Contrary to the traditional assumption of interest rates on government debt exceeding economic growth, negative interest-growth differentials have become prevalent since the global financial crisis. As these differentials are a key determinant of public debt dynamics, can we sleep more soundly, despite high government debts? Our paper undertakes an empirical analysis of interestgrowth differentials, using the largest historical database on average effective government borrowing costs for 55 countries over up to 200 years. We document that negative differentials have occurred more often than not, in both advanced and emerging economies, and have often persisted for long historical stretches. Moreover, differentials are no higher prior to sovereign defaults than in normal times. Marginal (rather than average) government borrowing costs often rise abruptly and sharply, but just prior to default. Based on these results, our answer is: not really.
As a follow-up to the Executive Board's May 2013 discussion, this paper considers a possible direction for reform of the Fund's lending framework in the context of sovereign debt vulnerabilities. The primary focus of this paper relates to the Fund's exceptional access framework, since it is in this context that the Fund will most likely have to make the difficult judgment as to whether the member's problems can be resolved with or without a debt restructuring. The objective of the preliminary approaches set forth in this paper is to reduce the costs of crisis resolution for both creditors and debtors—relative to the alternatives—thereby benefitting the overall system. These ideas are market-based and their eventual implementation would require meaningful consultation with creditors.
This paper looks at some technical issues when using CDS data, and if these are incorporated, the analysis or regression results are likely to benefit. The paper endorses the use of stochastic recovery in CDS models when estimating probability of default (PD) and suggests that stochastic recovery may be a better harbinger of distress signals than fixed recovery. Similarly, PDs derived from CDS data are risk-neutral and may need to be adjusted when extrapolating to real world balance sheet and empirical data (e.g. estimating banks losses, etc). Another technical issue pertains to regressions trying to explain CDS spreads of sovereigns in peripheral Europe - the model specification should be cognizant of the under-collateralization aspects in the overall OTC derivatives market. One of the biggest drivers of CDS spreads in the region has been the CVA teams of the large banks that hedge their exposure stemming from derivative receivables due to non-posting of collateral by many sovereigns (and related entities).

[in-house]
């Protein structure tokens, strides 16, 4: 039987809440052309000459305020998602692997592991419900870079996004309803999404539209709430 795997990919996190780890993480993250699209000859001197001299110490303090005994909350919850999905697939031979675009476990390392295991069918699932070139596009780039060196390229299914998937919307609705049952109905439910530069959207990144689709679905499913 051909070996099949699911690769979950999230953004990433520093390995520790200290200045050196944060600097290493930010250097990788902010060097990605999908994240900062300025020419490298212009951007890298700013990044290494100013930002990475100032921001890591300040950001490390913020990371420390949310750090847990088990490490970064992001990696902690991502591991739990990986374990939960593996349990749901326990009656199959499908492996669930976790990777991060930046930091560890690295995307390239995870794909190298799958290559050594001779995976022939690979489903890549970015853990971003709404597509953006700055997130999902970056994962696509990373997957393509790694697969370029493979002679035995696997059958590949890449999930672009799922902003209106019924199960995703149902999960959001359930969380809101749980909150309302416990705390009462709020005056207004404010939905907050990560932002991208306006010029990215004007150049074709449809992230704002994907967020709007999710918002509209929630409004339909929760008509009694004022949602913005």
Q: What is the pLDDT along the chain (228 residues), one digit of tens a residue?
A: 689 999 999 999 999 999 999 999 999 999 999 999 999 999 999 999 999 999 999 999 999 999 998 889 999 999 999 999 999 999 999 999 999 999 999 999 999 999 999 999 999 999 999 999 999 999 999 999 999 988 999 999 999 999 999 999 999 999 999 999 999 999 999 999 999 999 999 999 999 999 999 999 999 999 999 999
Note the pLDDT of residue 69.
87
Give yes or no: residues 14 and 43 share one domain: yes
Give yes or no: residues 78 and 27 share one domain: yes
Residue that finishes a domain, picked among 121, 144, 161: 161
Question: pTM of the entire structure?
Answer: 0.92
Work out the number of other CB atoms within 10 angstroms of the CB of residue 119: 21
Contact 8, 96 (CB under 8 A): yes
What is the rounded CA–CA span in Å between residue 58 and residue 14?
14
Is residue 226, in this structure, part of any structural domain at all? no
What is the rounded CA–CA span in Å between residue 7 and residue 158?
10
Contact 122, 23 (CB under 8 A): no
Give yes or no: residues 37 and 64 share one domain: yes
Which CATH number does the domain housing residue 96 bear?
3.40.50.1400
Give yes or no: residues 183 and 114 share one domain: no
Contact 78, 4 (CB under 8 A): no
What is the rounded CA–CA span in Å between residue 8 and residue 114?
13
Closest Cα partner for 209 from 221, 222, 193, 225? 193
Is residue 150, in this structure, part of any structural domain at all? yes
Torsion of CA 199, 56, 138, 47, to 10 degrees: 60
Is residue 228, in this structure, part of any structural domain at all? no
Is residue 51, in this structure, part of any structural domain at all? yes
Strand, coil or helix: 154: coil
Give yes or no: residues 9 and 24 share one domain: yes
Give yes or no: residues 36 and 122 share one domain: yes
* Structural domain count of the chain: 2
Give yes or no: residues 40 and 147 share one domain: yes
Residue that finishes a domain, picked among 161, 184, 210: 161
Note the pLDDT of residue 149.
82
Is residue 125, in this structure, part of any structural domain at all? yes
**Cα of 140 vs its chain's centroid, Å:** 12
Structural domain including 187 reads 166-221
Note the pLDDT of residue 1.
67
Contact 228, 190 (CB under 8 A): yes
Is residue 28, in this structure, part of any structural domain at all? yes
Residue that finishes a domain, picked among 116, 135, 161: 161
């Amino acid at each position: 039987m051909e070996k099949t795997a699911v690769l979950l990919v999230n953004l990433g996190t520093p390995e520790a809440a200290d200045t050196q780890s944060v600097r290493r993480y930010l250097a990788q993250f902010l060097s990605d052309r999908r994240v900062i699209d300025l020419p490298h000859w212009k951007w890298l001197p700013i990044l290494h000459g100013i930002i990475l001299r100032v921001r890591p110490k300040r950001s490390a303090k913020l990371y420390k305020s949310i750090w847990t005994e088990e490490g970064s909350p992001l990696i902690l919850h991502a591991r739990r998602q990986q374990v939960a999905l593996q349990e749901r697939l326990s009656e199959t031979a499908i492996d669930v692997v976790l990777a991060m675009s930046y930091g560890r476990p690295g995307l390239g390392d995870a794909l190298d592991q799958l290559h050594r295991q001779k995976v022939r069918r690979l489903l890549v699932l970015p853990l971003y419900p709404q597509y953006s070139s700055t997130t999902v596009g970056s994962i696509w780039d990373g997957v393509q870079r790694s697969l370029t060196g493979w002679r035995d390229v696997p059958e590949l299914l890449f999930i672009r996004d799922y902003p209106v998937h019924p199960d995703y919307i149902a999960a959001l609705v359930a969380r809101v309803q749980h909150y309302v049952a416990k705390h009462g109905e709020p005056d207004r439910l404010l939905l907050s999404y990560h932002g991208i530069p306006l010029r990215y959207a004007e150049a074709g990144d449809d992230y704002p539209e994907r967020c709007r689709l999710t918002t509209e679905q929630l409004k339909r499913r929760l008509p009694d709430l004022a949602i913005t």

This paper examines the monetary and exchange rate policies of the euro area and the trade policies of the European Union. The paper highlights that the overall economic performance of the euro area has been disappointing: growth has been weaker and inflation higher than generally expected. To a large extent, this is the result of a series of unanticipated shocks—oil prices and animal diseases earlier, and the global slowdown and the associated financial market turmoil more recently. However, the performance also appears to reflect a greater-than-anticipated vulnerability to shocks.
Central banks and other public financial institutions act as agents of fiscal policy in many countries. Their "quasi-fiscal" operations and activities can affect the overall public sector balance without affecting the budget deficit as conventionally measured, may also have important allocative effects, and increase the effective size of the public sector. This paper analyzes the macroeconomic and financial effects of such quasi-fiscal activities, as well as the taxes, subsidies, and other expenditures that such activities introduce outside the budget. Measurement and accounting issues are addressed, and policy recommendations are offered.